Merry Christmas

Dec 25th, 2012 | By | Category: Blog
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Howard at Pier 39

Merry Christmas everyone!  That’s right, Merry Christmas (or as Cartman would say, “Merry F@#!ing Christmas”).  Why so aggressive?  Because, while I understand the separation of church and state, I don’t understand the need for people to prevent someone else from celebrating whatever they want in whatever way they want to celebrate it.  If I say, “Merry Christmas” to someone, and they say, “Happy Hanukkah,” or, “Go Kwanzaa,” or “Wahoo Solstice,” then awesome!  Good for them.  Why does there have to be NONE?  It seems to me that if that is the case and that’s the constitutionally protected stance, then aren’t we promoting one “belief” (or in this case, non-belief) over another?

Working in the public sector, I run into this sort of thing all the time.  It finally got to the point at work where I just stopped putting any decorations up at all.  I had a menorah and a tree, and told anyone who wanted to put anything else out that they were welcome to do so, but in the end I just got tired of justifying it to everyone and just stopped putting anything out at all.  Of course, no one has any problem with the myriad of Buddha statues I have on the shelf, but that’s apparently not advocating a religion … in my case it’s just advocating being fat and happy.

So, in the time of giving and celebration, let’s remember that without Christmas there wouldn’t be a reason to take a lot of time off (regardless of what religion/non-religion you celebrate), drink with friends and relatives, or have your sister give you a personalized bobblehead that looks like you!!!  — Greatest looking bobblehead EVER!

Merry Christmas everyone, regardless of how you celebrate it.

One Comment to “Merry Christmas”

  1. Dan Biezad says:

    I think you have hit the proverbial nail on the head (or is it now “bobble-head?”). It is one thing to fight for a place for one’s own beliefs, and quite another to tear down, remove, or isolate another’s beliefs. I can see a Jewish parent arguing for a (public) school play about the Maccabees, or a Muslim parent arguing for something appropriate about Mohammed (whatever is allowed), but demanding that nothing be shown or done or said is worse than absurd, since it promotes belief in “nothing.”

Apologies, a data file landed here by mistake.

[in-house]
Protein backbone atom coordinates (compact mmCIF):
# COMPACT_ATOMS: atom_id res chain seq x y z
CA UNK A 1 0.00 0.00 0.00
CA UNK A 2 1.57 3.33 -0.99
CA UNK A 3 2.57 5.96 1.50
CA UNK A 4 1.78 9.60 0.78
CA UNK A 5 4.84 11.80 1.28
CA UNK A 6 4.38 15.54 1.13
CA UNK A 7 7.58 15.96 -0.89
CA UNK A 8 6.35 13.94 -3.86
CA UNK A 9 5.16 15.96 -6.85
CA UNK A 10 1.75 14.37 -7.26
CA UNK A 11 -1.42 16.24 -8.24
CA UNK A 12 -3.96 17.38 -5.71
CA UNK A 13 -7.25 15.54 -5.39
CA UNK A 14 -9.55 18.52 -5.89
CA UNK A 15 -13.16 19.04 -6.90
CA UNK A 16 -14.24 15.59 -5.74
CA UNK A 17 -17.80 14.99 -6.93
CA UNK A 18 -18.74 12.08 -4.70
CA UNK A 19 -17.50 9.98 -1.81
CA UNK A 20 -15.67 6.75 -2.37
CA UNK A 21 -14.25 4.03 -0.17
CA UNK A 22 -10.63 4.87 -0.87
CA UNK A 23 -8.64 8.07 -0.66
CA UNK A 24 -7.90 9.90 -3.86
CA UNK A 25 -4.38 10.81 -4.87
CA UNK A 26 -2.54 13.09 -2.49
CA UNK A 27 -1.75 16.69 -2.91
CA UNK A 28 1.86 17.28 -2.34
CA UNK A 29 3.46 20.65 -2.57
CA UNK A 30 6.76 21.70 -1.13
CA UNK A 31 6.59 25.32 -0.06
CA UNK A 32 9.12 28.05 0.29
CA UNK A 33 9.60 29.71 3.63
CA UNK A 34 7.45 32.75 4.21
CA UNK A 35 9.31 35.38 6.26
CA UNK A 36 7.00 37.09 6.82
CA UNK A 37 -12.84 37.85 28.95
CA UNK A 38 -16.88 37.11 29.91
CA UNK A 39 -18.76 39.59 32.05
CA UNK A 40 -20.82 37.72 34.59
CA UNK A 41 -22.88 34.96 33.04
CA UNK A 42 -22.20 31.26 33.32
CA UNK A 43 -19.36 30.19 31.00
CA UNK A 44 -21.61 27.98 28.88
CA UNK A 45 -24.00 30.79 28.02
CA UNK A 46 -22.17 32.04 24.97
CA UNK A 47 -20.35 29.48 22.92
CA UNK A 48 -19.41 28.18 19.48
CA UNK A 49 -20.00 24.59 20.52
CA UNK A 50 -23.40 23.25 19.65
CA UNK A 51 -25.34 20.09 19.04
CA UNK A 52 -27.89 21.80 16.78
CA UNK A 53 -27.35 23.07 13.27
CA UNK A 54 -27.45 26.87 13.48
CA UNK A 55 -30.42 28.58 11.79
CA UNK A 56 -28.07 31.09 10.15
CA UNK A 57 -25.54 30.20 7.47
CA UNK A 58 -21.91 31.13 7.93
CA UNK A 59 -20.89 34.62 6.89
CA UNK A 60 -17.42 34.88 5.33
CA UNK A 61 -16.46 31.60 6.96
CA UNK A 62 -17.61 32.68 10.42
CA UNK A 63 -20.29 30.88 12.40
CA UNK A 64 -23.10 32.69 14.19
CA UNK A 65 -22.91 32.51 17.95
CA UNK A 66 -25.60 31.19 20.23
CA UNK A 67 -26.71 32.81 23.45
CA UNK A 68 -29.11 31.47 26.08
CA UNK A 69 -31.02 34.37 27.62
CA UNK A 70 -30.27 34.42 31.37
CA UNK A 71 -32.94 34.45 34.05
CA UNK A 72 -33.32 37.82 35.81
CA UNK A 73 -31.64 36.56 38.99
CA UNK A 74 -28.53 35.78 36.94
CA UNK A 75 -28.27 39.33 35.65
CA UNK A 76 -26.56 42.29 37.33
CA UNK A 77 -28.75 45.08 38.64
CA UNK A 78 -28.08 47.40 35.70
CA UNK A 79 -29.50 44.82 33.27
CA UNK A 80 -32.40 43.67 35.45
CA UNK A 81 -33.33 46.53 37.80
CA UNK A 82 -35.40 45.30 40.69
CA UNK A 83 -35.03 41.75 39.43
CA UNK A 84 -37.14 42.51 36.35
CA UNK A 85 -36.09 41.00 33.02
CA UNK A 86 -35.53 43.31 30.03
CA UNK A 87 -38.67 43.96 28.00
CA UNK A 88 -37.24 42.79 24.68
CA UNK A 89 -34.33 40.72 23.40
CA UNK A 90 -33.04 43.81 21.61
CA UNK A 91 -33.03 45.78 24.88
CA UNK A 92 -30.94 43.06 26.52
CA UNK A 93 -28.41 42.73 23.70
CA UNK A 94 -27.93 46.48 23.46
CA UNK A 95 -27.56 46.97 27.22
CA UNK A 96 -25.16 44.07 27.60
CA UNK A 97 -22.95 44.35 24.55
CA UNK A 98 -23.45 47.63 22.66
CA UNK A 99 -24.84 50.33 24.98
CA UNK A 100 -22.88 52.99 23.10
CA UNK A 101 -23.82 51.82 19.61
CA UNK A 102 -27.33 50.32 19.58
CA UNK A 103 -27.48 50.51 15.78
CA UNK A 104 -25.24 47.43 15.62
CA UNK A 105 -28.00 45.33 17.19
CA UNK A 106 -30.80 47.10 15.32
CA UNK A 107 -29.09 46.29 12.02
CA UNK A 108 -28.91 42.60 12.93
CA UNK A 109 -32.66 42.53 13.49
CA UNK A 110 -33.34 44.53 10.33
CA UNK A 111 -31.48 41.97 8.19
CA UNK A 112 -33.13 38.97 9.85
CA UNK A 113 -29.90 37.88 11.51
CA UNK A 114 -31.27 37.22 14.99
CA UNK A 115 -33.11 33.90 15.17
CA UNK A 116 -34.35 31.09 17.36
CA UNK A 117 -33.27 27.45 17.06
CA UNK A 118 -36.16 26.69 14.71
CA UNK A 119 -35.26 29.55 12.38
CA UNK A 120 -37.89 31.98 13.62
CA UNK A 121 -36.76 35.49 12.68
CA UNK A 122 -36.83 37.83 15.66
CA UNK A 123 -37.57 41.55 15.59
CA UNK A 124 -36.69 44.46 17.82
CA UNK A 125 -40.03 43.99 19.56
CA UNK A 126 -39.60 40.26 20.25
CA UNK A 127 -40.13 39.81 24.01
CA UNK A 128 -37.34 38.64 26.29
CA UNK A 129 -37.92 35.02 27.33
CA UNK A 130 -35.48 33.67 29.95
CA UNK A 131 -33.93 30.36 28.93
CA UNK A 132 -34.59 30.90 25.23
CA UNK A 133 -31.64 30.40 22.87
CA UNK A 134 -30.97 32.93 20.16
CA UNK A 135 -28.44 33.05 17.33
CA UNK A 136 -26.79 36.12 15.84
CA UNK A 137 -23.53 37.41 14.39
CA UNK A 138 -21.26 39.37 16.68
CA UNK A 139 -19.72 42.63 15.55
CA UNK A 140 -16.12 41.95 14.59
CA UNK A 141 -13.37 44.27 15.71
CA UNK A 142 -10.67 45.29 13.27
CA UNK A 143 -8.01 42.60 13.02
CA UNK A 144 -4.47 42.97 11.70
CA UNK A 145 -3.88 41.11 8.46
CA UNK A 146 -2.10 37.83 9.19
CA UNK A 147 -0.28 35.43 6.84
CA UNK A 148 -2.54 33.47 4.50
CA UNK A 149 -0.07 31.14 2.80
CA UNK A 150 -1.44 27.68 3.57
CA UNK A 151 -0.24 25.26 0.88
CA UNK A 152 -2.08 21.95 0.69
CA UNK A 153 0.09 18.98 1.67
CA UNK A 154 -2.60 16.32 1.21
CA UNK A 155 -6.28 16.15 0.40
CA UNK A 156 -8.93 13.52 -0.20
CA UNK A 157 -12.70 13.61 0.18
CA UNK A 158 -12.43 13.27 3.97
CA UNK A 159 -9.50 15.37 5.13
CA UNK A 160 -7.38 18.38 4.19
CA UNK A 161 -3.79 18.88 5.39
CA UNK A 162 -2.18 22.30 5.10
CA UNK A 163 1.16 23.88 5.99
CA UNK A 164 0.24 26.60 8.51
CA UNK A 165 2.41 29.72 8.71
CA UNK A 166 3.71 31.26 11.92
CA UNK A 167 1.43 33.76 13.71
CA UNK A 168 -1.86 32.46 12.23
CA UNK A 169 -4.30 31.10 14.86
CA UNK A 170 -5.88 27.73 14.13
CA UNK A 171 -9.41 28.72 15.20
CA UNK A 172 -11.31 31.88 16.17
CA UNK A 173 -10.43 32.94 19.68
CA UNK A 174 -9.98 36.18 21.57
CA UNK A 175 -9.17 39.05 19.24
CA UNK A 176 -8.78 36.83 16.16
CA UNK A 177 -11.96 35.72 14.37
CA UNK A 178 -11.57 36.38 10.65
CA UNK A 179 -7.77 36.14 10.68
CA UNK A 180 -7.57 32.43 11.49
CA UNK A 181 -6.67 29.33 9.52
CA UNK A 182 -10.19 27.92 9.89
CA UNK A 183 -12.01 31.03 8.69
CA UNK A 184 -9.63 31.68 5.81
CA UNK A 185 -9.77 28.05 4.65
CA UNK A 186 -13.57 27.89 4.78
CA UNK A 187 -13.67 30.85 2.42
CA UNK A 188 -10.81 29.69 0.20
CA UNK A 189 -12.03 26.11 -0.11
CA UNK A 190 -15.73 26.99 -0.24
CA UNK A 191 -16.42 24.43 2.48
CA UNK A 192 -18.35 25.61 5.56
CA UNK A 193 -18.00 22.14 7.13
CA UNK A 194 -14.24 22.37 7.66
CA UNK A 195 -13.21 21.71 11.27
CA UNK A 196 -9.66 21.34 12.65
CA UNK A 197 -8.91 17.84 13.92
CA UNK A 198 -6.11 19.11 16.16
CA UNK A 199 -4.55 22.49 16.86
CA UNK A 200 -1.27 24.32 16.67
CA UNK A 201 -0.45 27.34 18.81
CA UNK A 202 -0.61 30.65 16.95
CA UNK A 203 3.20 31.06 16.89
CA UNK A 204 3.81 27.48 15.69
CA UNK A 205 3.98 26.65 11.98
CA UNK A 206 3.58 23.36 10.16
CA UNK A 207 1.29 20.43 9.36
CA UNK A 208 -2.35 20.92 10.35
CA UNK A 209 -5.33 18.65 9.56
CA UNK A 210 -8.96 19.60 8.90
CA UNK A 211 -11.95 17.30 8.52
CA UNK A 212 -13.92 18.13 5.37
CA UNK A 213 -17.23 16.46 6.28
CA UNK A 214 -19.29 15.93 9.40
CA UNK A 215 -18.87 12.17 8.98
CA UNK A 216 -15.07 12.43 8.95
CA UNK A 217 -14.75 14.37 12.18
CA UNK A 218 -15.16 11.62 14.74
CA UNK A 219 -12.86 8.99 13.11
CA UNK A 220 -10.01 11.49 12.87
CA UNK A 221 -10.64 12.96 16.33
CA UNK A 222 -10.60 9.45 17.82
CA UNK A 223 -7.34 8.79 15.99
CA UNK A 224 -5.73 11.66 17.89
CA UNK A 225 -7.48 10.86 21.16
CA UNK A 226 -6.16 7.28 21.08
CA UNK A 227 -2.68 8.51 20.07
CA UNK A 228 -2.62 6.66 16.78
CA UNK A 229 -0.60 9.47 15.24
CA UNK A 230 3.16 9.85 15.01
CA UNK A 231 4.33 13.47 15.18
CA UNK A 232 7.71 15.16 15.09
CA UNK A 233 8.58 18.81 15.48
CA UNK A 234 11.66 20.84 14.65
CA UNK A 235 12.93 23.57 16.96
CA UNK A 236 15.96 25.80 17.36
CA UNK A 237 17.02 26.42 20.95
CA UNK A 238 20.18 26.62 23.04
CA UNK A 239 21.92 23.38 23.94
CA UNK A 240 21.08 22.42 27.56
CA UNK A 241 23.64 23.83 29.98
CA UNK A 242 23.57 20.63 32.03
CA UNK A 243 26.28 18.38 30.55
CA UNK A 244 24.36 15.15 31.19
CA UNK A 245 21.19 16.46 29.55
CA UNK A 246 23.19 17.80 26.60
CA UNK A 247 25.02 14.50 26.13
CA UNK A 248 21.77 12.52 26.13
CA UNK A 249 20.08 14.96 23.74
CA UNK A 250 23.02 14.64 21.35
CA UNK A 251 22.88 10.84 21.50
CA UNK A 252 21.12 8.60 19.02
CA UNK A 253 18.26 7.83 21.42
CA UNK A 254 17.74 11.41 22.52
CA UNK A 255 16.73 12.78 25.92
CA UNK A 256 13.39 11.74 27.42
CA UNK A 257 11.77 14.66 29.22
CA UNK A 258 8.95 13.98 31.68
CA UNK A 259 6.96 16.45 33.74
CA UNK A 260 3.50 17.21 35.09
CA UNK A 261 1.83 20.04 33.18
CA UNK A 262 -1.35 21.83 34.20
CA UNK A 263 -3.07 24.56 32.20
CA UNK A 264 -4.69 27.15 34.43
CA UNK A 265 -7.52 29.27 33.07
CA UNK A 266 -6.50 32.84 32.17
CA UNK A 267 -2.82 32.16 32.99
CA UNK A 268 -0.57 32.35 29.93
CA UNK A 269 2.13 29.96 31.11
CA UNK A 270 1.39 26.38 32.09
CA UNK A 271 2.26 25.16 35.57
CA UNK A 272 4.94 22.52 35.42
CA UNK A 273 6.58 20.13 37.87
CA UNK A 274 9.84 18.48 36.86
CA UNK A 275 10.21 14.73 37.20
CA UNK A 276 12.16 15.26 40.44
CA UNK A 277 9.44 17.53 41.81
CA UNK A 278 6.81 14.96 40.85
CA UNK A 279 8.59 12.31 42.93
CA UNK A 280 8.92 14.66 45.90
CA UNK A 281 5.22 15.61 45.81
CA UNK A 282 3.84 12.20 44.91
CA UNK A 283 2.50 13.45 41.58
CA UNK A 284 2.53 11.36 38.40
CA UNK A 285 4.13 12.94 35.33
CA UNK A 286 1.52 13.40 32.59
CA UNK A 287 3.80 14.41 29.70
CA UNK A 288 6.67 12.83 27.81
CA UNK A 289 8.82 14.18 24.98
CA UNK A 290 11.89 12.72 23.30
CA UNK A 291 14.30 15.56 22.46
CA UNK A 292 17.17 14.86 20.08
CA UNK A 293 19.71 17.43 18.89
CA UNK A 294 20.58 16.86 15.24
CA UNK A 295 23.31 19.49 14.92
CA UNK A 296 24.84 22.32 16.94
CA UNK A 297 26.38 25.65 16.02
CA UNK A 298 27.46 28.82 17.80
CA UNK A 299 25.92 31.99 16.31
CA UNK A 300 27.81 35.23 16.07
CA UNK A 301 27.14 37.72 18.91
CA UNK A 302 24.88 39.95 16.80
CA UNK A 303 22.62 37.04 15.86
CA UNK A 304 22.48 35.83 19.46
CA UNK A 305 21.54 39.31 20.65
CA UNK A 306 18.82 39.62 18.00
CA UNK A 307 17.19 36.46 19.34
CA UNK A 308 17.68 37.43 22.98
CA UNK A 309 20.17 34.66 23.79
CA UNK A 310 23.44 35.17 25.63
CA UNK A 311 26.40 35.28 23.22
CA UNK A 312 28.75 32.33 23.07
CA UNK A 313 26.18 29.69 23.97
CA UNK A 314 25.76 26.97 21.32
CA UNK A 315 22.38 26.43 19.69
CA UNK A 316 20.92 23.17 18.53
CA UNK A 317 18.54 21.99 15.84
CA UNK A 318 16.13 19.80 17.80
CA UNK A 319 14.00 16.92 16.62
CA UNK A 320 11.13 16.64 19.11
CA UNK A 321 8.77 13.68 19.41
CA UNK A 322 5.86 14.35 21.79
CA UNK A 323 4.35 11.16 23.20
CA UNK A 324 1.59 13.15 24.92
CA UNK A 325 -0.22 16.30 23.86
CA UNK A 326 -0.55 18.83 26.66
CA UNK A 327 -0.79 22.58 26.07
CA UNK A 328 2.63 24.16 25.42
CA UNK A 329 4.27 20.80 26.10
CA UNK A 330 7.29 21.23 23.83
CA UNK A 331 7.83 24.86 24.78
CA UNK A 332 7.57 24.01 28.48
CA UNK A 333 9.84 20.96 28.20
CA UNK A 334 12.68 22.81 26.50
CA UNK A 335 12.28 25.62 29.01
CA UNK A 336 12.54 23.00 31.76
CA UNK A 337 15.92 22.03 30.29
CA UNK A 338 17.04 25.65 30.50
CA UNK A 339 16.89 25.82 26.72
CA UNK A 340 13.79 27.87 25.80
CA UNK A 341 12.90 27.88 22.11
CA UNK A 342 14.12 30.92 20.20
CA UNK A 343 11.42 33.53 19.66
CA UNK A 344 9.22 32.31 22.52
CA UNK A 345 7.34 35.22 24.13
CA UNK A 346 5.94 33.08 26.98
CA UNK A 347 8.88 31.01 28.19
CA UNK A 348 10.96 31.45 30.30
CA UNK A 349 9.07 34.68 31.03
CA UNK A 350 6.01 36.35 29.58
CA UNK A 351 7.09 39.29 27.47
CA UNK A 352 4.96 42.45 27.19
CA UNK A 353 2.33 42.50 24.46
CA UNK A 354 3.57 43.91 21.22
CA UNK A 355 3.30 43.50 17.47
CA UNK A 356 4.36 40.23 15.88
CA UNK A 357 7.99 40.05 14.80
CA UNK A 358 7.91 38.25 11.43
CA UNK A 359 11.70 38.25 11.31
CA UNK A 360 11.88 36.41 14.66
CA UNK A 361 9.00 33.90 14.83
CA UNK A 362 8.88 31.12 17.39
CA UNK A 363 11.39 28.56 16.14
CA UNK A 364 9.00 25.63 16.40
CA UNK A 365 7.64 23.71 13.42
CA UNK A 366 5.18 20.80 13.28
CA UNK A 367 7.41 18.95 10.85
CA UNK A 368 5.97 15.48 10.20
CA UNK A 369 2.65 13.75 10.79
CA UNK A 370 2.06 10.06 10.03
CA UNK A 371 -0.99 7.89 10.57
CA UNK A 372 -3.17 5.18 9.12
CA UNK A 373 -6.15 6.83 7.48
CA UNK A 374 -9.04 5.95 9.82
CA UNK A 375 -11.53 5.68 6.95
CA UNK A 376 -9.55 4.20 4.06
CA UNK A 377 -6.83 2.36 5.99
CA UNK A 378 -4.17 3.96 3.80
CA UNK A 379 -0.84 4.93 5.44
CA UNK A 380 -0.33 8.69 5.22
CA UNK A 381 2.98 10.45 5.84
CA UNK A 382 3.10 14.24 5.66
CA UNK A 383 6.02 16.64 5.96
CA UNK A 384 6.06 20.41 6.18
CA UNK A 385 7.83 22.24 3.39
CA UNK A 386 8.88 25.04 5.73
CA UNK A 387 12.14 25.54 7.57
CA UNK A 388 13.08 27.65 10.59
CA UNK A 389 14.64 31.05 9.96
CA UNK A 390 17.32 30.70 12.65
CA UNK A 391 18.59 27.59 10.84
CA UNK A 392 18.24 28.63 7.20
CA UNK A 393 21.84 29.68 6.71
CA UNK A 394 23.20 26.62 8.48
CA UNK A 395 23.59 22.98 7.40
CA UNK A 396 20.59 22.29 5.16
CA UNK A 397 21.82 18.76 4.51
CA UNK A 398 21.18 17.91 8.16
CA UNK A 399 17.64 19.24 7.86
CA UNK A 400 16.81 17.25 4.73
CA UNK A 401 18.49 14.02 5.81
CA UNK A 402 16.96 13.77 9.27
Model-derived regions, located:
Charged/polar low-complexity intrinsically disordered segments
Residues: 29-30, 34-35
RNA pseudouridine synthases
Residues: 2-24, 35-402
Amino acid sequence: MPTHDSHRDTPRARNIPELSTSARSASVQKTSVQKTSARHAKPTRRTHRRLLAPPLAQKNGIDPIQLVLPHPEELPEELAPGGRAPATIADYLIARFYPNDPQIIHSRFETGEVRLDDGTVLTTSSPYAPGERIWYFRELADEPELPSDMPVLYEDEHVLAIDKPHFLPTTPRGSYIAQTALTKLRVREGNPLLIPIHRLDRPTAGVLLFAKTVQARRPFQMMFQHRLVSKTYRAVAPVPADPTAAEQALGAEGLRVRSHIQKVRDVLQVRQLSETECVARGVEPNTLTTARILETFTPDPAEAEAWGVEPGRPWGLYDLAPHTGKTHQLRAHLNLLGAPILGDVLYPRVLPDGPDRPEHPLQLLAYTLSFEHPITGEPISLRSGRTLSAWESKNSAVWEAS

Spare me the parent who speaks of “reason.” If that parent happens to be the great thinker Spinoza, or Bertrand Russell, perhaps then a belief solely in reason would be ok. Great thinkers tend to have an ethics of reason that include empathy, compassion, and concern for the welfare of other human beings. But, for most individuals of lesser intellectual capacity, ethics is more typically based in a morality developed from one of the axial religions (that is, from any of the major religions, including Confucianism and Freemasons).

    Unfortunately, the reasoning behind Darwin’s “survival of the fittest” doesn’t seem to exclude fascism or communism or any other “ism.” Such sole focus on technology and reason may result in logic becoming a tool that could result in a tyranny of sorts, all in the name of evolution. We know that fascism and communism killed more human beings in one century than all of the deaths caused by other religions combined. To me, reason is a vital tool, but not a value in and for itself.

    The images of Freemasons are embedded everywhere in our society. The Nazis made freemasons wear red inverted triangles on their sleeve, but now the freemasons are known by the image of blue forget-me-not flowers. We should realize that it is the imposition of one cultural ideology that is anathema, and not the display of a variety of religious symbols in our public places. The argument against religion in public discourse, to me, is like arguing against political parties because we don’t want one of them to take over the government. Let the truth compete. If you don’t like Freemason imagery on our paper currency, then lobby for imagery from your own belief system. If atheism is true, then let it compete with the other ideologies, but don’t inadvertently impose it starting in our schools.

    I’m just sayin’.

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